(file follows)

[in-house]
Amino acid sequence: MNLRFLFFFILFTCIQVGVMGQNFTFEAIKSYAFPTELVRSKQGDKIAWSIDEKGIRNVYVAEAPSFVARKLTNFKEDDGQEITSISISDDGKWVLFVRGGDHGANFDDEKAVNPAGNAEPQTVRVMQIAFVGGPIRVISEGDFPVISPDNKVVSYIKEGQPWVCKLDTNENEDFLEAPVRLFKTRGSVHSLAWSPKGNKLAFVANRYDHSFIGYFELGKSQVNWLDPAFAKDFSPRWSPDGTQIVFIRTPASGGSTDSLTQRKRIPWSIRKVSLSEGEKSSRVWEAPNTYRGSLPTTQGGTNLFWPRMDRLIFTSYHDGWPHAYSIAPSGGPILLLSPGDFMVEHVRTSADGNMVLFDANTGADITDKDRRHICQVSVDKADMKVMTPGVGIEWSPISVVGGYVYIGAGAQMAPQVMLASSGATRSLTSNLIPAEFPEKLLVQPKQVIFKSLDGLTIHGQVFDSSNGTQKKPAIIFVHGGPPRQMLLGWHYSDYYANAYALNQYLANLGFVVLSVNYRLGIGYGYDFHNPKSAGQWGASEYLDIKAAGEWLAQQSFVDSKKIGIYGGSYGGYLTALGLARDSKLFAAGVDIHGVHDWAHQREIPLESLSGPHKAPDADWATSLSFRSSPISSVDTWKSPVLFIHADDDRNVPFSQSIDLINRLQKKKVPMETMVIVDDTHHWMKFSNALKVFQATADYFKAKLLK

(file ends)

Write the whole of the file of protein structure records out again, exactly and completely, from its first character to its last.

[in-house]
Amino acid sequence: MNLRFLFFFILFTCIQVGVMGQNFTFEAIKSYAFPTELVRSKQGDKIAWSIDEKGIRNVYVAEAPSFVARKLTNFKEDDGQEITSISISDDGKWVLFVRGGDHGANFDDEKAVNPAGNAEPQTVRVMQIAFVGGPIRVISEGDFPVISPDNKVVSYIKEGQPWVCKLDTNENEDFLEAPVRLFKTRGSVHSLAWSPKGNKLAFVANRYDHSFIGYFELGKSQVNWLDPAFAKDFSPRWSPDGTQIVFIRTPASGGSTDSLTQRKRIPWSIRKVSLSEGEKSSRVWEAPNTYRGSLPTTQGGTNLFWPRMDRLIFTSYHDGWPHAYSIAPSGGPILLLSPGDFMVEHVRTSADGNMVLFDANTGADITDKDRRHICQVSVDKADMKVMTPGVGIEWSPISVVGGYVYIGAGAQMAPQVMLASSGATRSLTSNLIPAEFPEKLLVQPKQVIFKSLDGLTIHGQVFDSSNGTQKKPAIIFVHGGPPRQMLLGWHYSDYYANAYALNQYLANLGFVVLSVNYRLGIGYGYDFHNPKSAGQWGASEYLDIKAAGEWLAQQSFVDSKKIGIYGGSYGGYLTALGLARDSKLFAAGVDIHGVHDWAHQREIPLESLSGPHKAPDADWATSLSFRSSPISSVDTWKSPVLFIHADDDRNVPFSQSIDLINRLQKKKVPMETMVIVDDTHHWMKFSNALKVFQATADYFKAKLLK